'Aroha' posters deemed to be Labour Party ads
The Electoral Commission has confirmed that the 'Aroha' posters of Jacinda Ardern, promoted by artists Weston Frizzell and advertiser Phantom Billstickers, does indeed constitute a party advertisement for the Labour Party.
This judgment comes after the New Zealand Taxpayers' Union laid a complaint regarding the posters. The Commission's response to the Union can be viewed below.
Union spokesman Jordan Williams says: "It's a relief to have clarity on this matter. As a campaign organisation, we're forced to comply with strict rules around political advertising, especially in the lead-up to an election. It's a matter of democratic integrity that these rules are applies equally, regardless of a campaigner's political slant."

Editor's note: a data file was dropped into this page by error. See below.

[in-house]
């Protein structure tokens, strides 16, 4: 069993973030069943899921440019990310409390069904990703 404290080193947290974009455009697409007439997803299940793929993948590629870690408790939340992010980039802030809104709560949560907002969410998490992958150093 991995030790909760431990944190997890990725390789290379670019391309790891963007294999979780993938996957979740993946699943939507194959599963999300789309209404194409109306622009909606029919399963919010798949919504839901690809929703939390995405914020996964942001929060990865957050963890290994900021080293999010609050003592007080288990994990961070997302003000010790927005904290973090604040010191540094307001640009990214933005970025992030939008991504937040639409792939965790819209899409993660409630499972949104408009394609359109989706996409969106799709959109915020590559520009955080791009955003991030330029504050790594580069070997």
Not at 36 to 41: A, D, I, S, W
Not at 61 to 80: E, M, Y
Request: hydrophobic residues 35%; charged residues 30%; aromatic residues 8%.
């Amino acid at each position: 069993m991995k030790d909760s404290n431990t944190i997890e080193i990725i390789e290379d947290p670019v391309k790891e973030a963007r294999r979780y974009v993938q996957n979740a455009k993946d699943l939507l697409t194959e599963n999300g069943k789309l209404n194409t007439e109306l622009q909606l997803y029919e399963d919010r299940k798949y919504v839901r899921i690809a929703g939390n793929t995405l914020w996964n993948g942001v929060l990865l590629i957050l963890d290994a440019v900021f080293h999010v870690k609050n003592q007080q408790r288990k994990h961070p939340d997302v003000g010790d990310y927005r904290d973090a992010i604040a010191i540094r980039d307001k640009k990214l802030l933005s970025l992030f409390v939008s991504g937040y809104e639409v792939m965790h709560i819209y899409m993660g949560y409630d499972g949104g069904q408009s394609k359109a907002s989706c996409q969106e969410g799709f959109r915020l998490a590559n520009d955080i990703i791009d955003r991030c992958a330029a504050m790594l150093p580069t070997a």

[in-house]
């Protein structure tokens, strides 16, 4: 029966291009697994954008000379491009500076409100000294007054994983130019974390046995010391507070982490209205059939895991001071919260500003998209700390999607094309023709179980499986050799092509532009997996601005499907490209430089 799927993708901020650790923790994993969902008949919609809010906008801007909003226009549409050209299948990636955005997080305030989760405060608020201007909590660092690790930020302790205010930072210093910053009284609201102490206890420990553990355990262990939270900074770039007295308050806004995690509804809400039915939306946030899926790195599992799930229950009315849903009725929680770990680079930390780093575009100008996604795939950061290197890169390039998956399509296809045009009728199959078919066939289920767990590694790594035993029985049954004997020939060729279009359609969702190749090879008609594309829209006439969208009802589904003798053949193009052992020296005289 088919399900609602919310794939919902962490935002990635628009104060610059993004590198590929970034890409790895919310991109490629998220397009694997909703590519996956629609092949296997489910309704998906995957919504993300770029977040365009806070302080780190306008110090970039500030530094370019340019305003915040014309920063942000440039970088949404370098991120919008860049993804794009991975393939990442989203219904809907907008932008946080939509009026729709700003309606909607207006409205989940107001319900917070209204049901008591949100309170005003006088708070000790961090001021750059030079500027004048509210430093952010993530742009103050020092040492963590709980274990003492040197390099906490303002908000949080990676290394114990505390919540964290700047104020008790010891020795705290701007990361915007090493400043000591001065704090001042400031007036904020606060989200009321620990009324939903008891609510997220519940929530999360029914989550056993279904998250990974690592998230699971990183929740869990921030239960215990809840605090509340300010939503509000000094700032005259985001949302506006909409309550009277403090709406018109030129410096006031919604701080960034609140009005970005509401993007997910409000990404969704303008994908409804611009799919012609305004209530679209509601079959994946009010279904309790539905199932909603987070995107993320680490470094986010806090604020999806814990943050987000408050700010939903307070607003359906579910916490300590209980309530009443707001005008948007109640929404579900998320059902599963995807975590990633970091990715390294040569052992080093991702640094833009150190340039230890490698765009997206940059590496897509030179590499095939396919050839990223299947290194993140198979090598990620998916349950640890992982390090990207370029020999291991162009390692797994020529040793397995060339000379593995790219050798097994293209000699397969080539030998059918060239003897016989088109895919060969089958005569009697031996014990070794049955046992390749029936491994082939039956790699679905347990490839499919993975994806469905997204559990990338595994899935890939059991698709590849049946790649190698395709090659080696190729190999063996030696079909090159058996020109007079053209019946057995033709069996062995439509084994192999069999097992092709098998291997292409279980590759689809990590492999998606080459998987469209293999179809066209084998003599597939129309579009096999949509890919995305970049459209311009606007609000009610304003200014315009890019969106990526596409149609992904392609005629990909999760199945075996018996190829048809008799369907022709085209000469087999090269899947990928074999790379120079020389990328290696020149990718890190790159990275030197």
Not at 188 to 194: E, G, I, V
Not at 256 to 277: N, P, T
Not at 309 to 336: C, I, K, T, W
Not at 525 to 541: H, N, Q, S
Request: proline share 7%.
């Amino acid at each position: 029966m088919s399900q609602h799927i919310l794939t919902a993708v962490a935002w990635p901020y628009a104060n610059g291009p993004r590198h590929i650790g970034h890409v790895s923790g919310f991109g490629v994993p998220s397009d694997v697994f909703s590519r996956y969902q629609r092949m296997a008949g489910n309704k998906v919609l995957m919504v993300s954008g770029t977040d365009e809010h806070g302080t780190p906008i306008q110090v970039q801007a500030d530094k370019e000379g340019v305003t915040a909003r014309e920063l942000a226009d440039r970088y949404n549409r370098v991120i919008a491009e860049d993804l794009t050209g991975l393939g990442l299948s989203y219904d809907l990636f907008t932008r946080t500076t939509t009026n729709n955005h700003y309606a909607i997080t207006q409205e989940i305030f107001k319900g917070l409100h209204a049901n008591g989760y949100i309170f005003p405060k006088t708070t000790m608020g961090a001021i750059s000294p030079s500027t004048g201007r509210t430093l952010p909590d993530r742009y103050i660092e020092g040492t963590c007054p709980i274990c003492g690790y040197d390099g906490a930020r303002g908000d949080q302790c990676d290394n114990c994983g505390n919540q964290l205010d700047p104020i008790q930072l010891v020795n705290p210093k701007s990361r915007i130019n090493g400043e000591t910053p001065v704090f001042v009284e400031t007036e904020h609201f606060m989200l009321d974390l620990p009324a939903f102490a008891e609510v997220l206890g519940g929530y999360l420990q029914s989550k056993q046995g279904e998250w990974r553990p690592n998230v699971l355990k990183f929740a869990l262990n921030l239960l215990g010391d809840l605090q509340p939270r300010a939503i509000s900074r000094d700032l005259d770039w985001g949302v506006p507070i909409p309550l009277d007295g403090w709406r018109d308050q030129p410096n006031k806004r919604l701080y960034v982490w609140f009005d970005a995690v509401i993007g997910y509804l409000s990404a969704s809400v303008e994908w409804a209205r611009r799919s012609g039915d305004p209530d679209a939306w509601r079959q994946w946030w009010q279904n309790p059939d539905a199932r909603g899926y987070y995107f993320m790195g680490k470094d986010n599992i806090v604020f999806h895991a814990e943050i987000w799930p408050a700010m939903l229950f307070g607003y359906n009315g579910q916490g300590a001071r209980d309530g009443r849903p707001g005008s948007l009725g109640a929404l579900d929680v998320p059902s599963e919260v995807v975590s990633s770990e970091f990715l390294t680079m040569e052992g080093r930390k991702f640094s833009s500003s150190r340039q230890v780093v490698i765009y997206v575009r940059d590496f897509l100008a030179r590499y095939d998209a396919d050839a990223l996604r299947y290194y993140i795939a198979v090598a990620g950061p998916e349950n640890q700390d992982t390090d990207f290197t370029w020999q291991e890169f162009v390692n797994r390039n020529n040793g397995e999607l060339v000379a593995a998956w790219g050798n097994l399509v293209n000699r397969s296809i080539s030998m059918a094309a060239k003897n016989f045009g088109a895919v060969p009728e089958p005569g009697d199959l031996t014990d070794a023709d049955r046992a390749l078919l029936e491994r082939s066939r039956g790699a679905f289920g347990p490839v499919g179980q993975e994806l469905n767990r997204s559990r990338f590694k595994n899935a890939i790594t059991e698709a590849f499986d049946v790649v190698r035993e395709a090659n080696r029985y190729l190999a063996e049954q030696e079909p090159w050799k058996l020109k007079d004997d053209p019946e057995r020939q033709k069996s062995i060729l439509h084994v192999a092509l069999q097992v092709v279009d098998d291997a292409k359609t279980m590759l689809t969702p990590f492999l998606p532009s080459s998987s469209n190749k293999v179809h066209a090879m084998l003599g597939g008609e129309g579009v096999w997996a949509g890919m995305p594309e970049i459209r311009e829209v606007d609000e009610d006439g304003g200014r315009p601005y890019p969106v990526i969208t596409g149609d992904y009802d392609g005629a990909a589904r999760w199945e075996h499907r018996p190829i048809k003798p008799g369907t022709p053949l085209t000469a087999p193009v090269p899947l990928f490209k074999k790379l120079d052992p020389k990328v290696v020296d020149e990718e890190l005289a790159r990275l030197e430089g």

"These posters were obviously advertisements, even if the artists didn't think of them as such. You can imagine a scenario where a poster of Jacinda Ardern – or Todd Muller for that matter – was on every street corner, a week out from an election. This could absolutely influence voters, so the posters should have authorisation statements and count toward campaign spending limits."
"In its letter to the artists, the Electoral Commission notes that some posters may still be up, and that the artists will have to take 'corrective action'. If the Commission is not satisfied with this action, it has the power to refer the advertiser to the Police."
"Initial signs suggest the artists are not taking this warning seriously. They continue to actively promote the poster – without an authorisation statement – on their social media. Regardless, the posters have already reached hundreds of thousands of New Zealanders through social media and news coverage. Strong actions will be needed to remedy this influence. Perhaps, for example, the advertiser could fund poster space for campaigners with different political views."